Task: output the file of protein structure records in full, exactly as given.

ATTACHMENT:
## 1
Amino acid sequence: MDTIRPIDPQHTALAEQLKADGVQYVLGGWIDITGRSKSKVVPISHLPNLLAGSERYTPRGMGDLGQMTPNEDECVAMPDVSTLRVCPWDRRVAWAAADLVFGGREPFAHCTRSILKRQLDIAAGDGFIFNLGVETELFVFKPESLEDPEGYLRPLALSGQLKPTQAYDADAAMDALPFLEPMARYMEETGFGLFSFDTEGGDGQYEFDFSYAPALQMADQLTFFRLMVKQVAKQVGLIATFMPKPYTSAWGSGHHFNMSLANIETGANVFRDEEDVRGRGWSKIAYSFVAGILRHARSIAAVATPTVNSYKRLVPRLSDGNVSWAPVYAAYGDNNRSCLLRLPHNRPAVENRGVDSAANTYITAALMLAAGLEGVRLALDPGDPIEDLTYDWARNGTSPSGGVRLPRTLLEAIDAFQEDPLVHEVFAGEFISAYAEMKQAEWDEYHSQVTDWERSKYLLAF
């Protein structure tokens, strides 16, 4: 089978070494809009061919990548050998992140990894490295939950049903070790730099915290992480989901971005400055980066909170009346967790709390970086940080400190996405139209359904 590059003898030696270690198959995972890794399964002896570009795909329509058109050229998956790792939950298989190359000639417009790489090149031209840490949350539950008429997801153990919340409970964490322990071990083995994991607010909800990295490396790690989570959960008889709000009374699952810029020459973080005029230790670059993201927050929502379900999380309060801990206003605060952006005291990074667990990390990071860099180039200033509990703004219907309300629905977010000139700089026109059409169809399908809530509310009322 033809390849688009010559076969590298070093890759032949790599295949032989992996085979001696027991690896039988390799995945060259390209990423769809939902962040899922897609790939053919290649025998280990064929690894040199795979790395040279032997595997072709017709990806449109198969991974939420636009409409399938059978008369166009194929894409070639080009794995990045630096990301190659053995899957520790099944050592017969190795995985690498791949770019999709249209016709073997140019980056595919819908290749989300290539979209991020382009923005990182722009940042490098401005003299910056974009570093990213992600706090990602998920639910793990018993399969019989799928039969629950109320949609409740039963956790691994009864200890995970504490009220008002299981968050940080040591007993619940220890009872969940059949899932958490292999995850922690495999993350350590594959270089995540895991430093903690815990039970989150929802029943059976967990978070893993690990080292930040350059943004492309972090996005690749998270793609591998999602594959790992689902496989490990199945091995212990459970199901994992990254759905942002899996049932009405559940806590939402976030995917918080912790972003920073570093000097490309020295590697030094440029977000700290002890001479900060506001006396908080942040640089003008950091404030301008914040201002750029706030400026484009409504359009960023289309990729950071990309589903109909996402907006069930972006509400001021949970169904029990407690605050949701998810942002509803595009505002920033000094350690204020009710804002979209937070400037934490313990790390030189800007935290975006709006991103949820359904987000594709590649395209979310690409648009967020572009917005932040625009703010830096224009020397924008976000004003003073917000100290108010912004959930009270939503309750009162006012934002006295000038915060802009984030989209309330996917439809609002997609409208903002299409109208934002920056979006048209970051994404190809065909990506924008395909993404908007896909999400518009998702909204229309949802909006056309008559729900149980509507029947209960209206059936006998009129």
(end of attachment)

## 1
Amino acid sequence: MDTIRPIDPQHTALAEQLKADGVQYVLGGWIDITGRSKSKVVPISHLPNLLAGSERYTPRGMGDLGQMTPNEDECVAMPDVSTLRVCPWDRRVAWAAADLVFGGREPFAHCTRSILKRQLDIAAGDGFIFNLGVETELFVFKPESLEDPEGYLRPLALSGQLKPTQAYDADAAMDALPFLEPMARYMEETGFGLFSFDTEGGDGQYEFDFSYAPALQMADQLTFFRLMVKQVAKQVGLIATFMPKPYTSAWGSGHHFNMSLANIETGANVFRDEEDVRGRGWSKIAYSFVAGILRHARSIAAVATPTVNSYKRLVPRLSDGNVSWAPVYAAYGDNNRSCLLRLPHNRPAVENRGVDSAANTYITAALMLAAGLEGVRLALDPGDPIEDLTYDWARNGTSPSGGVRLPRTLLEAIDAFQEDPLVHEVFAGEFISAYAEMKQAEWDEYHSQVTDWERSKYLLAF
């Protein structure tokens, strides 16, 4: 089978070494809009061919990548050998992140990894490295939950049903070790730099915290992480989901971005400055980066909170009346967790709390970086940080400190996405139209359904 590059003898030696270690198959995972890794399964002896570009795909329509058109050229998956790792939950298989190359000639417009790489090149031209840490949350539950008429997801153990919340409970964490322990071990083995994991607010909800990295490396790690989570959960008889709000009374699952810029020459973080005029230790670059993201927050929502379900999380309060801990206003605060952006005291990074667990990390990071860099180039200033509990703004219907309300629905977010000139700089026109059409169809399908809530509310009322 033809390849688009010559076969590298070093890759032949790599295949032989992996085979001696027991690896039988390799995945060259390209990423769809939902962040899922897609790939053919290649025998280990064929690894040199795979790395040279032997595997072709017709990806449109198969991974939420636009409409399938059978008369166009194929894409070639080009794995990045630096990301190659053995899957520790099944050592017969190795995985690498791949770019999709249209016709073997140019980056595919819908290749989300290539979209991020382009923005990182722009940042490098401005003299910056974009570093990213992600706090990602998920639910793990018993399969019989799928039969629950109320949609409740039963956790691994009864200890995970504490009220008002299981968050940080040591007993619940220890009872969940059949899932958490292999995850922690495999993350350590594959270089995540895991430093903690815990039970989150929802029943059976967990978070893993690990080292930040350059943004492309972090996005690749998270793609591998999602594959790992689902496989490990199945091995212990459970199901994992990254759905942002899996049932009405559940806590939402976030995917918080912790972003920073570093000097490309020295590697030094440029977000700290002890001479900060506001006396908080942040640089003008950091404030301008914040201002750029706030400026484009409504359009960023289309990729950071990309589903109909996402907006069930972006509400001021949970169904029990407690605050949701998810942002509803595009505002920033000094350690204020009710804002979209937070400037934490313990790390030189800007935290975006709006991103949820359904987000594709590649395209979310690409648009967020572009917005932040625009703010830096224009020397924008976000004003003073917000100290108010912004959930009270939503309750009162006012934002006295000038915060802009984030989209309330996917439809609002997609409208903002299409109208934002920056979006048209970051994404190809065909990506924008395909993404908007896909999400518009998702909204229309949802909006056309008559729900149980509507029947209960209206059936006998009129």